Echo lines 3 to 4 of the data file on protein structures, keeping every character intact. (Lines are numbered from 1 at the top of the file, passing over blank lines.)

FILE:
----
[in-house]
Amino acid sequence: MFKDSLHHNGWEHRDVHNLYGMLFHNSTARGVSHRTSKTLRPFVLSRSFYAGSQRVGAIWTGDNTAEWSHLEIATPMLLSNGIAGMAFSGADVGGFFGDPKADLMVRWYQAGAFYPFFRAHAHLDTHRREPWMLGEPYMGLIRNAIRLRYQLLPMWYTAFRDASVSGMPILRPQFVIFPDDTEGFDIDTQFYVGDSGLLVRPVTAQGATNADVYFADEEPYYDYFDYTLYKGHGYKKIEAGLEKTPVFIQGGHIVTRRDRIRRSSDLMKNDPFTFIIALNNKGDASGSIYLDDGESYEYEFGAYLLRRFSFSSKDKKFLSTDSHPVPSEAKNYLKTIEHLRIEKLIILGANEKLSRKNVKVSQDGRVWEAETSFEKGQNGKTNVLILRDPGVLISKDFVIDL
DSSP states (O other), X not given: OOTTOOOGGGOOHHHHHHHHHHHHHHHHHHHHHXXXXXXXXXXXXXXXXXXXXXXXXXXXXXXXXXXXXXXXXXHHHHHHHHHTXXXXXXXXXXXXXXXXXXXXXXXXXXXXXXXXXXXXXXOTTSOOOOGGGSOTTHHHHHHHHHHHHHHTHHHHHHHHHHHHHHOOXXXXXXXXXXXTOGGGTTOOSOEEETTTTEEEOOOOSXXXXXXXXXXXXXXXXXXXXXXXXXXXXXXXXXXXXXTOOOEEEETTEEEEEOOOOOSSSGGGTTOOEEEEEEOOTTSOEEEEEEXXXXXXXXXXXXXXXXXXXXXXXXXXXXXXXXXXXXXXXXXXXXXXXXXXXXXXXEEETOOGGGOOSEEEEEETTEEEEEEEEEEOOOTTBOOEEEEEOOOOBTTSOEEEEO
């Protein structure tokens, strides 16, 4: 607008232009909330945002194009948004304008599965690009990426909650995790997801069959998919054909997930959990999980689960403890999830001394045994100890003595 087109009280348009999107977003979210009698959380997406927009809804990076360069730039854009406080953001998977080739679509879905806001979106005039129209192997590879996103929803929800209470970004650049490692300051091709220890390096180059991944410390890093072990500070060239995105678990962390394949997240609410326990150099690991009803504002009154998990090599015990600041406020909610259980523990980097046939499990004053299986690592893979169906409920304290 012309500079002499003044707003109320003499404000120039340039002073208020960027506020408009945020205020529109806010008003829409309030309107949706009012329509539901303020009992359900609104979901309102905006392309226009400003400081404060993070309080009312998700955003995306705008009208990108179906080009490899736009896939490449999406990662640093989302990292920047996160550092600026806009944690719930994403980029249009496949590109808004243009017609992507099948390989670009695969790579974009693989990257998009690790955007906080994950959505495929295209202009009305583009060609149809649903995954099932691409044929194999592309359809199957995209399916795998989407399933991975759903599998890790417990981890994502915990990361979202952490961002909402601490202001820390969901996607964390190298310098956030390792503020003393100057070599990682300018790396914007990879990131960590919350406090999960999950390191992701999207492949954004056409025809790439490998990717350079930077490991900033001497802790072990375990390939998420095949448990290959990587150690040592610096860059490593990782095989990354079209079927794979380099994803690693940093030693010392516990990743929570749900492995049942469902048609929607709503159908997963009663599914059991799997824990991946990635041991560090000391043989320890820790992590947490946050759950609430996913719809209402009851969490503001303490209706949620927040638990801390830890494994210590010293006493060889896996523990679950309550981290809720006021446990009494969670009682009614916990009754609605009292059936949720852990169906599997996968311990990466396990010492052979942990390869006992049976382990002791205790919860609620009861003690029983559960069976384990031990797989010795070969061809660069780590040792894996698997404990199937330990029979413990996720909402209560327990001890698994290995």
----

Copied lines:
DSSP states (O other), X not given: OOTTOOOGGGOOHHHHHHHHHHHHHHHHHHHHHXXXXXXXXXXXXXXXXXXXXXXXXXXXXXXXXXXXXXXXXXHHHHHHHHHTXXXXXXXXXXXXXXXXXXXXXXXXXXXXXXXXXXXXXXOTTSOOOOGGGSOTTHHHHHHHHHHHHHHTHHHHHHHHHHHHHHOOXXXXXXXXXXXTOGGGTTOOSOEEETTTTEEEOOOOSXXXXXXXXXXXXXXXXXXXXXXXXXXXXXXXXXXXXXTOOOEEEETTEEEEEOOOOOSSSGGGTTOOEEEEEEOOTTSOEEEEEEXXXXXXXXXXXXXXXXXXXXXXXXXXXXXXXXXXXXXXXXXXXXXXXXXXXXXXXEEETOOGGGOOSEEEEEETTEEEEEEEEEEOOOTTBOOEEEEEOOOOBTTSOEEEEO
């Protein structure tokens, strides 16, 4: 607008232009909330945002194009948004304008599965690009990426909650995790997801069959998919054909997930959990999980689960403890999830001394045994100890003595 087109009280348009999107977003979210009698959380997406927009809804990076360069730039854009406080953001998977080739679509879905806001979106005039129209192997590879996103929803929800209470970004650049490692300051091709220890390096180059991944410390890093072990500070060239995105678990962390394949997240609410326990150099690991009803504002009154998990090599015990600041406020909610259980523990980097046939499990004053299986690592893979169906409920304290 012309500079002499003044707003109320003499404000120039340039002073208020960027506020408009945020205020529109806010008003829409309030309107949706009012329509539901303020009992359900609104979901309102905006392309226009400003400081404060993070309080009312998700955003995306705008009208990108179906080009490899736009896939490449999406990662640093989302990292920047996160550092600026806009944690719930994403980029249009496949590109808004243009017609992507099948390989670009695969790579974009693989990257998009690790955007906080994950959505495929295209202009009305583009060609149809649903995954099932691409044929194999592309359809199957995209399916795998989407399933991975759903599998890790417990981890994502915990990361979202952490961002909402601490202001820390969901996607964390190298310098956030390792503020003393100057070599990682300018790396914007990879990131960590919350406090999960999950390191992701999207492949954004056409025809790439490998990717350079930077490991900033001497802790072990375990390939998420095949448990290959990587150690040592610096860059490593990782095989990354079209079927794979380099994803690693940093030693010392516990990743929570749900492995049942469902048609929607709503159908997963009663599914059991799997824990991946990635041991560090000391043989320890820790992590947490946050759950609430996913719809209402009851969490503001303490209706949620927040638990801390830890494994210590010293006493060889896996523990679950309550981290809720006021446990009494969670009682009614916990009754609605009292059936949720852990169906599997996968311990990466396990010492052979942990390869006992049976382990002791205790919860609620009861003690029983559960069976384990031990797989010795070969061809660069780590040792894996698997404990199937330990029979413990996720909402209560327990001890698994290995």